The Humanity of the Fetus

On April 19, Nebraska Governor Dave Heineman signed a new state law banning abortions at and after 20 weeks. This isn’t just another abortion restriction—it has the potential to be a major breakthrough in the fight for the sanctity of human life.

The Nebraska law is called the Pain Capable Unborn Child Protection Act. As Marc Thiessen writes in the Washington Post, it’s based on reputable scientific studies that tell us “that fetuses can feel pain at 20 weeks, and possibly as early as 17 weeks when a portion of the brain called the ‘subplate zone’ is formed.”

And, according to the widely respected Dr. Kanwaljeet Anand, who has been studying infant pain for 25 years, unborn infants may feel pain more keenly than those already born.

Of course, the Nebraska law faces court challenges. Why? Because it restricts abortion according to when a fetus can feel pain—at 20 weeks—instead of when a fetus can survive outside the womb—usually 22 to 24 weeks. Already the Center for Reproductive Rights has called it “unconstitutional” and hinted that they’re planning litigation. No doubt other pro-abortion groups will be lining up to help.

But, as Thiessen says, “regardless of the legal outcome, a national discussion on the topic of ‘fetal pain’ can only help the pro-life movement.”

It’s easy to see why. As science and technology develop ever more sophisticated ways for us to study the child in the womb, it’s getting harder and harder for the pro-choice movement to argue in favor of snuffing out that child’s life. And who would want to argue in favor of deliberately causing the child pain on top of that?

What we’re talking about here is no less than the humanity of the fetus, and science is making that subject harder and harder to avoid.

The scientific studies are backing up what our faith had already told us: that the life in the womb is indeed a human life, with the same qualities that make us consider our own lives sacred—a beating heart, brain function, and sensitivity to pain being just a few of them. And so we believe that a child’s life is a gift from God and worthy of protection and care.

Abortionists can lie all they want to about the development of the fetus. Undercover videos recently taken at a Kentucky abortion clinics show that they’re still lying to women and girls about the development process. But those lies are getting easier and easier to disprove. And the facts are on our side.

The more we talk about those facts, the more the law will come to be on our side as well. Nebraska took the lead in this case because the state government wanted to prevent infamous late-term abortionist LeRoy Carhart from following through on his stated intentions to carry on the work of the late George Tiller. If the Nebraska law holds up in court, other states are likely to follow.

Even the pro-abortion forces can’t plausibly deny what our own eyes and ears are telling us about the life in the womb. In this case, seeing is believing—and what we’re seeing, by the grace of God, could finally put a stop to the wanton destruction of unborn human lives.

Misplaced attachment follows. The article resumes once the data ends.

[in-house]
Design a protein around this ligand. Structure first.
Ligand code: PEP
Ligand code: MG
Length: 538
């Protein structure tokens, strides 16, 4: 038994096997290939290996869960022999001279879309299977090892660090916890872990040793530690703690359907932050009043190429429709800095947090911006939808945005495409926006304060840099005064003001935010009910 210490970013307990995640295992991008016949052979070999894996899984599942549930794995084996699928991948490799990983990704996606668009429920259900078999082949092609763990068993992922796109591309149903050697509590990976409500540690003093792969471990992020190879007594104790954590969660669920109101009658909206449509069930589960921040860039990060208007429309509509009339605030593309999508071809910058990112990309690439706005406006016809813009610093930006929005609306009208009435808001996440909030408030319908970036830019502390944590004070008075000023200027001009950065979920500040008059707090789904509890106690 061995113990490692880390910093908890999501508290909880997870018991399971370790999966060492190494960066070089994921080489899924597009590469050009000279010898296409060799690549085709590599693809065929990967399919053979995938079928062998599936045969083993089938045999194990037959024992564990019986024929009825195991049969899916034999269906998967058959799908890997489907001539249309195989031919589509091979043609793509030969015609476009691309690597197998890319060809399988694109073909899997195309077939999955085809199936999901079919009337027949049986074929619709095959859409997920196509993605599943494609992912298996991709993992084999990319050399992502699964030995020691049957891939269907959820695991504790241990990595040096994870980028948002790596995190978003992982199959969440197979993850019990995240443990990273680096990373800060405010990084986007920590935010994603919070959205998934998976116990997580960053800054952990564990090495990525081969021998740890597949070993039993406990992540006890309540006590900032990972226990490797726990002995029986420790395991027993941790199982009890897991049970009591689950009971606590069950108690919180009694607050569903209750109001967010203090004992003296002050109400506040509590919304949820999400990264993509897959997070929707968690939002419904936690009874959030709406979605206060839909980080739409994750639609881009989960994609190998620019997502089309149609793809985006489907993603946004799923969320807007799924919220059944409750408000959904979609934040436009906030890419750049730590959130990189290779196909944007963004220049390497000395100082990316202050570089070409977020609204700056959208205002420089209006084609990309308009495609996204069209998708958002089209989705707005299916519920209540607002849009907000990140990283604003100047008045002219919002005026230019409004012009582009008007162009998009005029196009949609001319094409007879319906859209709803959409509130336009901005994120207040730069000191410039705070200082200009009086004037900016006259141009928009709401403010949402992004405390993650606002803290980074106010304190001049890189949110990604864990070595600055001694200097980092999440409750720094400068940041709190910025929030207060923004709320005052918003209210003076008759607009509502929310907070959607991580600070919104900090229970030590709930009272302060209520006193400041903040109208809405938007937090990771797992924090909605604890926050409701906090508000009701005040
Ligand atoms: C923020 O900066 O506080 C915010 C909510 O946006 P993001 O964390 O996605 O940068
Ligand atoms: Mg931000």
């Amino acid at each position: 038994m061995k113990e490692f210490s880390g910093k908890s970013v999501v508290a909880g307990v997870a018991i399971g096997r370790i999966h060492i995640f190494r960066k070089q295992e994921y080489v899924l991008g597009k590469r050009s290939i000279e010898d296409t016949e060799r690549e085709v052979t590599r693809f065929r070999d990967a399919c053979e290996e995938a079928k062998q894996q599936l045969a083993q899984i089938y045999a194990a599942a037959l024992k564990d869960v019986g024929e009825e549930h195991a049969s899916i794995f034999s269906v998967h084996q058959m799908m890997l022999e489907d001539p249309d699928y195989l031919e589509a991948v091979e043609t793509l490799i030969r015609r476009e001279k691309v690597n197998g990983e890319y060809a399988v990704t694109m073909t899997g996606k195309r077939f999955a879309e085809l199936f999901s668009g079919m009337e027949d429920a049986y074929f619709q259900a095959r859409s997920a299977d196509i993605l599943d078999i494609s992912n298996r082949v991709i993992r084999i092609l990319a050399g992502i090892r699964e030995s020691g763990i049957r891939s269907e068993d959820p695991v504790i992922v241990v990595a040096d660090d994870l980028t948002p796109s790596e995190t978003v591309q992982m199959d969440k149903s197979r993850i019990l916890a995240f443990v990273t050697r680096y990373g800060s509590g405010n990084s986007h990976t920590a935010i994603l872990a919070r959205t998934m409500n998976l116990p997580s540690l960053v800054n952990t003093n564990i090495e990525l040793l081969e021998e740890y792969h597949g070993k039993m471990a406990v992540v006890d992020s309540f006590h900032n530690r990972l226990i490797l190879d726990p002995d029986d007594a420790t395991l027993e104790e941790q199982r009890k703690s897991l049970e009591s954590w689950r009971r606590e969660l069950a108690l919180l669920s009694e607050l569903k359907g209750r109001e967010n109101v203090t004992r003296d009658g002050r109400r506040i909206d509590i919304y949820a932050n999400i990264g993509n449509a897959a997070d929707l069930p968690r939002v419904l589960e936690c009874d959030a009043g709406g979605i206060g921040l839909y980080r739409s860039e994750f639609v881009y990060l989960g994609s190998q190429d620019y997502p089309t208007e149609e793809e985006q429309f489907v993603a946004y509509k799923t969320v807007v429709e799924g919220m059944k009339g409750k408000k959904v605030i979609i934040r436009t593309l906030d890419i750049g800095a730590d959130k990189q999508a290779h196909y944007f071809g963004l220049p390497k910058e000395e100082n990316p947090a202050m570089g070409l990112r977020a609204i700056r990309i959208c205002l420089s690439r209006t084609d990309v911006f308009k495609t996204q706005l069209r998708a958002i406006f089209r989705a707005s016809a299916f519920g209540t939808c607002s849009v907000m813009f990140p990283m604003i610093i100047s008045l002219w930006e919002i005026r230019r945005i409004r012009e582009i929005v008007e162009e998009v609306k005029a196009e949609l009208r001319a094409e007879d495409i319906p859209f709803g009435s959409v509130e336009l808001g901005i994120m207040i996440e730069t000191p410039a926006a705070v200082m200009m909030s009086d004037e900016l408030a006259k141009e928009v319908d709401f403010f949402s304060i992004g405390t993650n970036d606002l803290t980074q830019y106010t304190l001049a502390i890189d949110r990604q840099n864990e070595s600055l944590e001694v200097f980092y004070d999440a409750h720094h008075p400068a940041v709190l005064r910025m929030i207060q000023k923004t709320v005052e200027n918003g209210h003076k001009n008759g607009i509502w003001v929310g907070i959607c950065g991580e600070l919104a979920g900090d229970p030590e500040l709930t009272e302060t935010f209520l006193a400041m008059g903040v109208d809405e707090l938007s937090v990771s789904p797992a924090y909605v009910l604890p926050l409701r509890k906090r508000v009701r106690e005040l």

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  • Catholic Exchange has done a really good job of being careful with language. Usages such as gay “marriage” (always in quotes), “homosexualist” instead of “homosexual”, not using the noun “couple” to refer to gay partners, et al. all speak of an overriding concern for a linguistic accuracy that reflects the underlying truths.

    Now I have a proposal. Let’s abolish the word “fetus.” I hate it. For 100,000 years a woman has known that the child she carries beneath her heart is a “baby,” perhaps an “unborn baby,” but a baby nonetheless. I don’t know when the technical term “fetus” made the leap from medical textbooks and into the common usage but I’m guessing it’s, hmmmmm…., sometime around 1973 maybe? After a certain segment of society saw the need to dehumanize the unwanted child, as a prelude to killing him or her?

    Woman have babies, we love babies, we’d give our lives for babies… Let’s call them what they are, and give them, through our careful use of language, the full recognition of their humanity that they deserve. I think Catholic Exchange should adopt the term “unborn baby” or “preborn baby” as a matter of editorial policy. Does anybody agree?

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  • krby34

    PrairieHawk – I second your motion.

    Lets put it to a vote. All others in favor can post here also. It is quick and easy.

  • Terri Kimmel

    I vote “baby” too.

  • maggied

    I agree. Early on Dr. Mildred Jefferson, who spoke out against abortion, said diminishing the image of the preborn baby was necessary (and done by a supportive media) for people to change their thinking. The use of the word fetus was used is because it also sounds like festus and even feces. Words count.

    I suggest, not only using the word “baby” but use the word “child” since historically women were said to be “with child” when pregnant. Aren’t they still?. The sign I carry outside our local abortuary says “Protect Your Child” included with a photo of my happy daughter taken a day after her birth.

  • consecrata

    I agree…using the term ‘human baby’ has great power and significance…teenagers have told me they were taught that abortion is okay because it’s not a baby just a foetus, a bunch of blood and tissues…when I explained that what is in the womb of the mother is a human baby in it’s early form, they responded: “Wow! I didn’t know that”…abortion is the termination of a human life, and mass abortions as we have seen since 1973 are, in fact, the genocide of the human race…let us not mask the reality.